The price of Brent crude oil plummeted to its four-year low on Tuesday nearing $82 per barrel. The last time that oil sank lower that this was on 27 October 2010, when it was sold at $81.85 per barrel. Smirnov said that should the oil prices drop to $80 per barrel in 2015, Kashagan would cease being profitable.
The Kashagan field is located in Kazakhstan's sector of the Caspian Sea and extends over a surface area of approximately 75 kilometers by 45 kilometers. Estimates suggest that the oil reserves here are 38 billion barrels, of which 10 billion barrels are recoverable. Moreover, natural gas reserves are estimated at over 1 trillion cubic meters.
But the development of the field is exacerbated by harsh environmental conditions. The reservoir lies some 4,200 meters below the shallow waters of the sea and is highly pressured (770 bar of initial pressure). The crude oil that it contains has high ‘sour gas’ content.
The combined safety, engineering, logistical and environmental challenges make it one of the largest and most complex industrial projects currently being developed anywhere in the world.
“Offshore oil production is always much more expensive than onshore production. Moreover, the Kashagan oil is very sulfurous and requires additional cleaning, so the project could be delayed again," Smirnov said.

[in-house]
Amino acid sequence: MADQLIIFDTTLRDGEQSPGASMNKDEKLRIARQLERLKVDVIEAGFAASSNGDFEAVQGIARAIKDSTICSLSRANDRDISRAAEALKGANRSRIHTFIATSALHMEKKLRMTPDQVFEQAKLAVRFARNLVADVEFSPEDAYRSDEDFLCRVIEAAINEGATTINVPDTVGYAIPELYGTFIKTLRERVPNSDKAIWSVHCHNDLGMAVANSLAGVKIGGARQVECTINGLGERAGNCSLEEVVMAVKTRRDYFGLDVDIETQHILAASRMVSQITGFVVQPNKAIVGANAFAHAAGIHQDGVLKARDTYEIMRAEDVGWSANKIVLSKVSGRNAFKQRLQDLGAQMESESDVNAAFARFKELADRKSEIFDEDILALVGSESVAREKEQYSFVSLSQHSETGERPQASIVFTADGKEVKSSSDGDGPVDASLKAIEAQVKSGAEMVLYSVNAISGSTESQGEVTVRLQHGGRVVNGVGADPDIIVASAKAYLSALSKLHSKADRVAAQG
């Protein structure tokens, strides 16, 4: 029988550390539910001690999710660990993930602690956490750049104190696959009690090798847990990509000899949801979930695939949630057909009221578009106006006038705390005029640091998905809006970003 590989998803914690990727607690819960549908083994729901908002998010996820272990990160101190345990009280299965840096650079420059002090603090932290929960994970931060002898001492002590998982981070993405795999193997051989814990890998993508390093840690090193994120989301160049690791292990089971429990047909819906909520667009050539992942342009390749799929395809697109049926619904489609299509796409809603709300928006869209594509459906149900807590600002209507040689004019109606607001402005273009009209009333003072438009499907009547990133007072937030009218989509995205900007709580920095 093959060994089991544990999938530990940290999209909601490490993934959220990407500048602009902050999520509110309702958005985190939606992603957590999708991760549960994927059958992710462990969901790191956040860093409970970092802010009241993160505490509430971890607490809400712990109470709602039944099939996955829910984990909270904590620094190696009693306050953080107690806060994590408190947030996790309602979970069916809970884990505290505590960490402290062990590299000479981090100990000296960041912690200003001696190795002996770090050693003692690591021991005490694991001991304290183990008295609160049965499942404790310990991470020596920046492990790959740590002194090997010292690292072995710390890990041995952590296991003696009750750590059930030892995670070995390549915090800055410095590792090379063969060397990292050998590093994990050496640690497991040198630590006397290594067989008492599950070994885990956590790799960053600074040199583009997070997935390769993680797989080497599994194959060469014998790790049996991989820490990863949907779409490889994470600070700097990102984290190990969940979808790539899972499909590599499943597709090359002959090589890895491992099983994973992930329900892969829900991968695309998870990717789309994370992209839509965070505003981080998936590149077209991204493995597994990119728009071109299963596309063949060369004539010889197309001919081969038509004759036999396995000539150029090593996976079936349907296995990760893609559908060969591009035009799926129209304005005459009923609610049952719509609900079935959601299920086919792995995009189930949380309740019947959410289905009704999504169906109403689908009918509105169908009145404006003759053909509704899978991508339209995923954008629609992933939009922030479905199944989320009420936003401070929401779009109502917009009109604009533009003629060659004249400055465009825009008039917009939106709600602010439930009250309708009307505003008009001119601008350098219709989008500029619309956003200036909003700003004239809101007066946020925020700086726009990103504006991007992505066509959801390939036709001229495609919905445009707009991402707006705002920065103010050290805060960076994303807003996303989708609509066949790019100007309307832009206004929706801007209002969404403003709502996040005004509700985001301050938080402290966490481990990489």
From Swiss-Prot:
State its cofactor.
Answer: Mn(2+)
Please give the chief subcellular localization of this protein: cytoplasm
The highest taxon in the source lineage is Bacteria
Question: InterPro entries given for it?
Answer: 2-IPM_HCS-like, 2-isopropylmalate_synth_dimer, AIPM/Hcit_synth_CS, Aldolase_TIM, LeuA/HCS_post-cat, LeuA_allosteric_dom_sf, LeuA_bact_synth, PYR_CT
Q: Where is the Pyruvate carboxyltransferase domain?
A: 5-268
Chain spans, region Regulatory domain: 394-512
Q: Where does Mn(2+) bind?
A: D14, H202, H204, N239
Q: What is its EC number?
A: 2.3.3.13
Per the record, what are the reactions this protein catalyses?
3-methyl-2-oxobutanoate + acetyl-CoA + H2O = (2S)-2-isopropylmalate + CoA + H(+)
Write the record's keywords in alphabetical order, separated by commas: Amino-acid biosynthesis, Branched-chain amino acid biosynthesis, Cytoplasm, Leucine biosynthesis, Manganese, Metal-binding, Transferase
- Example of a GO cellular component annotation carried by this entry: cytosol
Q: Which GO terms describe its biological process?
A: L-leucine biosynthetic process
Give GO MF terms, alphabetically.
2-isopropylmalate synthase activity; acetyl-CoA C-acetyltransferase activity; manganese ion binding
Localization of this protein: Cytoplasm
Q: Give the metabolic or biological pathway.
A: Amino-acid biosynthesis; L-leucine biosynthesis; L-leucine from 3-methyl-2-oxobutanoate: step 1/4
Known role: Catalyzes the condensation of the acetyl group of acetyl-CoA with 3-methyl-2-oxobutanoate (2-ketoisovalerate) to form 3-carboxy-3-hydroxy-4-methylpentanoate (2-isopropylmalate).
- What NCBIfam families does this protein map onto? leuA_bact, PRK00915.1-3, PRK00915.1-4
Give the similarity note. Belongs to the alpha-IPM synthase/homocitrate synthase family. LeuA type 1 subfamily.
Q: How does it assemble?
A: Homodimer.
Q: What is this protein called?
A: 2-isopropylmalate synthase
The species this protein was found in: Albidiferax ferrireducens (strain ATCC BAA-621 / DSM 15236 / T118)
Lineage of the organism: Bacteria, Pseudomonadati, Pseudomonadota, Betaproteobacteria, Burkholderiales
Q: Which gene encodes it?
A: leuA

Smirnov explained that the cost of oil production at Kashagan would be “much higher” than the average cost of oil production in Kazakhstan, which stood at around $50 per barrel according to Kazakhstan's Vice-Minister of Energy Uzakbai Karabalin.
“And with the cost on Brent crude at $80-$85 I am afraid that production at Kashagan will simply be unprofitable," Smirnov said .
Russian analyst from Alpari Anna Kokoreva agreed with this view. "Kashagan field is very troublesome; the cost of its development is constantly increasing. Consequently, low commodity prices make oil production at the site unprofitable, especially since offshore production is costlier," she said.
The sliding oil prices also significantly reduce the profitability of KazMunaiGas, the leading state-owned oil and gas company of Kazakhstan. If Brent prices remain between $80-$85, then KMG’s profitability may decrease by a third, Smirnov said. With the current average cost of oil production being $50 per barrel, the oil prices remain “just over” the break even.
Kokoreva said that KMG’s export revenues would certainly fall due to the low oil prices if they are not offset by the depreciation of the tenge. According to her, the company exports 75 percent of oil it produces.